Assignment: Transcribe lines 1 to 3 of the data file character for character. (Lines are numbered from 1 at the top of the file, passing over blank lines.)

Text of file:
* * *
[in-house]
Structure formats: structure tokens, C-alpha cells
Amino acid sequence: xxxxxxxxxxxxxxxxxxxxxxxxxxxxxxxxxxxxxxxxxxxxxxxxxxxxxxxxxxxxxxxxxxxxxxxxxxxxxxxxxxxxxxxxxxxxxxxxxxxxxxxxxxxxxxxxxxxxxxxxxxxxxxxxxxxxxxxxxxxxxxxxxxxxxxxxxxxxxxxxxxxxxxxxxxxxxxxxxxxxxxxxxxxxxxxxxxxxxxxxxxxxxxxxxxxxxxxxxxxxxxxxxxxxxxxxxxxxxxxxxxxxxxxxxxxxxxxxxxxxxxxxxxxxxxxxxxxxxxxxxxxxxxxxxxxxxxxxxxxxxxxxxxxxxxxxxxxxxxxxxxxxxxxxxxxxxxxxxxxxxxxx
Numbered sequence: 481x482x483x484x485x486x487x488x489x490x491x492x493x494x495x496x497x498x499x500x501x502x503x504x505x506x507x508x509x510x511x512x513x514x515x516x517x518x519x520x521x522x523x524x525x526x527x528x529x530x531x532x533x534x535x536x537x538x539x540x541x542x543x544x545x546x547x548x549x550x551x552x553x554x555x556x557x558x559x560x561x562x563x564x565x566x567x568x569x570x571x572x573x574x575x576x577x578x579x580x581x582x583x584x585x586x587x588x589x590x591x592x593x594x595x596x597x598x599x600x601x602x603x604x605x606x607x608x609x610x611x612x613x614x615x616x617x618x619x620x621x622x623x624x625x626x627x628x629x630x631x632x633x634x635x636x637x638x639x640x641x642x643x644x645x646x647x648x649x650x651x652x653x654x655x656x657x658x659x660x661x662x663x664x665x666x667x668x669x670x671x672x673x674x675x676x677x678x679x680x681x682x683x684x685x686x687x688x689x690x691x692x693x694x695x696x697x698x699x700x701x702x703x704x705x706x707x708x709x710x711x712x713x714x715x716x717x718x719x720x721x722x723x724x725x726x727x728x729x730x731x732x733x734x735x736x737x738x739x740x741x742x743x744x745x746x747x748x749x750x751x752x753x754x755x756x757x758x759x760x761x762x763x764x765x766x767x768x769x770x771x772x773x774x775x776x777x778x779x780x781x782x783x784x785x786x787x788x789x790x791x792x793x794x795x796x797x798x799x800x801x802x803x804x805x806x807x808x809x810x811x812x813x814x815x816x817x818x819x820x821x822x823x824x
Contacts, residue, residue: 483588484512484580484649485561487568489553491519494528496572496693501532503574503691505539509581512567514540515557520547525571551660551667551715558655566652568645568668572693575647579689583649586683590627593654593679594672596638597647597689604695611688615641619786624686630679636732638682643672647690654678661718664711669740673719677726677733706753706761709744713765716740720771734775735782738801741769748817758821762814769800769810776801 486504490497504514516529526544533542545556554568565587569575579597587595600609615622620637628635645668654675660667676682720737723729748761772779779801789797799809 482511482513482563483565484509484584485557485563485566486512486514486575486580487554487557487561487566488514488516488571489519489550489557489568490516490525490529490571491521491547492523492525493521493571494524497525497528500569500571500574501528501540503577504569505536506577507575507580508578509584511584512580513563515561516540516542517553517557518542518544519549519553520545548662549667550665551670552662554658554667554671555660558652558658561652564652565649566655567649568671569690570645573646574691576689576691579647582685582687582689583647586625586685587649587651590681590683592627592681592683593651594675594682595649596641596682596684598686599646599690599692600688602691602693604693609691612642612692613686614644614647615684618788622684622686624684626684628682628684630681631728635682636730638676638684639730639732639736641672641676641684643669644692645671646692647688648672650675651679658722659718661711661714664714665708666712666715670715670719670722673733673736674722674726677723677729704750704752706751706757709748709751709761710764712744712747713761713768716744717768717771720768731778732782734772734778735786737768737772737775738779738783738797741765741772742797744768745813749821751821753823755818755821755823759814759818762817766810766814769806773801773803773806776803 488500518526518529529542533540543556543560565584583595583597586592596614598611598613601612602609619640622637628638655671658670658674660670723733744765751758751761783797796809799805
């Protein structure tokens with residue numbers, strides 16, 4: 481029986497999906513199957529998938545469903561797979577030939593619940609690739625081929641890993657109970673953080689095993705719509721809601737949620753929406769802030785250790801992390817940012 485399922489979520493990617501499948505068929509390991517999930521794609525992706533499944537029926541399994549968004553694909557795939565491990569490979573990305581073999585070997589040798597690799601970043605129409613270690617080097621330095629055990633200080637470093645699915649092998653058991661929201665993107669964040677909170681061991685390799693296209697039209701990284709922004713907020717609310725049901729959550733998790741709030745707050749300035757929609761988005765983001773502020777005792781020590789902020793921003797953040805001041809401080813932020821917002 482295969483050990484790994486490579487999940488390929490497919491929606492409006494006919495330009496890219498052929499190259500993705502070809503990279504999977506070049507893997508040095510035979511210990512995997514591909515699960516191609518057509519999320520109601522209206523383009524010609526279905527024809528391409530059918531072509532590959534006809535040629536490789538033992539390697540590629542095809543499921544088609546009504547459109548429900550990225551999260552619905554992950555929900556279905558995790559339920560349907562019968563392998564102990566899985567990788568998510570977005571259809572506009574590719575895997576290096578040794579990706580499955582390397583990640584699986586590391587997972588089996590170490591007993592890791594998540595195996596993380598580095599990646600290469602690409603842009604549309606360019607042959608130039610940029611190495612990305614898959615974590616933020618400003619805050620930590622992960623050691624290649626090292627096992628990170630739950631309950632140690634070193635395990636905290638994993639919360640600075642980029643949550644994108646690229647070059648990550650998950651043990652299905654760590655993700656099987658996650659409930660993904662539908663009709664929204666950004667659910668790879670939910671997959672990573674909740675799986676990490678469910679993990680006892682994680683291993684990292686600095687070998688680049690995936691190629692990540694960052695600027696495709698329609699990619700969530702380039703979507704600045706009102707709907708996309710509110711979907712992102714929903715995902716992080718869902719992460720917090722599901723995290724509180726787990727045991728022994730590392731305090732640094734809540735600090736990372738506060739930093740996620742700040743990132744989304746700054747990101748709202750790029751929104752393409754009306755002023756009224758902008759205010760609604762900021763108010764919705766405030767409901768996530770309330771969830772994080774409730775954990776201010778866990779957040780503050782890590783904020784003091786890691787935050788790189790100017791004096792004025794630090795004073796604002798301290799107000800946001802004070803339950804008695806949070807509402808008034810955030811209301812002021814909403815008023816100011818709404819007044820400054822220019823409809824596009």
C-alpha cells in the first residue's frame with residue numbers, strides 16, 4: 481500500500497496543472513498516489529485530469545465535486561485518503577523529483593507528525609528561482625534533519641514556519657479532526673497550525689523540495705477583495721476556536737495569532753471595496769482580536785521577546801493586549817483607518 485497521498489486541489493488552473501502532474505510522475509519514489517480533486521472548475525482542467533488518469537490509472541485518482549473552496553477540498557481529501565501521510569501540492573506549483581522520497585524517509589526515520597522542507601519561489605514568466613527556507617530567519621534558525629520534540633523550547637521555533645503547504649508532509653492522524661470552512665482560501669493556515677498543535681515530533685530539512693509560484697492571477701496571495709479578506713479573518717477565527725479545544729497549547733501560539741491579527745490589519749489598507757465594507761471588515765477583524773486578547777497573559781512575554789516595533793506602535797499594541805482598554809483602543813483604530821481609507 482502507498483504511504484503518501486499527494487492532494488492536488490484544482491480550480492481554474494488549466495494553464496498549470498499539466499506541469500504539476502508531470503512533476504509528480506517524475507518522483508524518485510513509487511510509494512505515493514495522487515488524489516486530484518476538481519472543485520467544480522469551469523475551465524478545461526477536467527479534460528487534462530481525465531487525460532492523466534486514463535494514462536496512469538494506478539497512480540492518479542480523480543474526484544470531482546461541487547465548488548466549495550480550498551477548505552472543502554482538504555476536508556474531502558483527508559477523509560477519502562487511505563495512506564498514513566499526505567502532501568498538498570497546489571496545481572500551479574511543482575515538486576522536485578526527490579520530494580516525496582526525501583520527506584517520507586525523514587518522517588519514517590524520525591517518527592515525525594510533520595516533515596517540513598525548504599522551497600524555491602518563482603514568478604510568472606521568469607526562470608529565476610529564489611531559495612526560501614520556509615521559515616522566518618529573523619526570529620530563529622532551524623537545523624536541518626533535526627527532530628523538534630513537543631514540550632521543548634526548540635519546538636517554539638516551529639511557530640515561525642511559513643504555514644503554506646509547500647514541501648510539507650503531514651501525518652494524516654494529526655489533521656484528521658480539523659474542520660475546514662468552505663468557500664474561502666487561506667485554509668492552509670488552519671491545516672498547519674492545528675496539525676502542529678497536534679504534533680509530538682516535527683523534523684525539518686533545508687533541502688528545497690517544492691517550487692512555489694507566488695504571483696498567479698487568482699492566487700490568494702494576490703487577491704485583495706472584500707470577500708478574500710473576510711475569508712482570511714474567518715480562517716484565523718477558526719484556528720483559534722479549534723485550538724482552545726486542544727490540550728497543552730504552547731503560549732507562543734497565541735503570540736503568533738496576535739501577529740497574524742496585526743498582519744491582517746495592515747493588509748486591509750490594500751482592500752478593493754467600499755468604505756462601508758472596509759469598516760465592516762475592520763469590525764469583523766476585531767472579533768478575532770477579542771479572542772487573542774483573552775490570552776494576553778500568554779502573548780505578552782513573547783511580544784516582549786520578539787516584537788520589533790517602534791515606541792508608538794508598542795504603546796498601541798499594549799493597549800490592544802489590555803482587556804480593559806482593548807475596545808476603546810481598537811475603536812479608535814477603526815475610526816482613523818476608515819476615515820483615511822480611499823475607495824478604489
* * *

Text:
[in-house]
Structure formats: structure tokens, C-alpha cells
Amino acid sequence: xxxxxxxxxxxxxxxxxxxxxxxxxxxxxxxxxxxxxxxxxxxxxxxxxxxxxxxxxxxxxxxxxxxxxxxxxxxxxxxxxxxxxxxxxxxxxxxxxxxxxxxxxxxxxxxxxxxxxxxxxxxxxxxxxxxxxxxxxxxxxxxxxxxxxxxxxxxxxxxxxxxxxxxxxxxxxxxxxxxxxxxxxxxxxxxxxxxxxxxxxxxxxxxxxxxxxxxxxxxxxxxxxxxxxxxxxxxxxxxxxxxxxxxxxxxxxxxxxxxxxxxxxxxxxxxxxxxxxxxxxxxxxxxxxxxxxxxxxxxxxxxxxxxxxxxxxxxxxxxxxxxxxxxxxxxxxxxxxxxxxxxx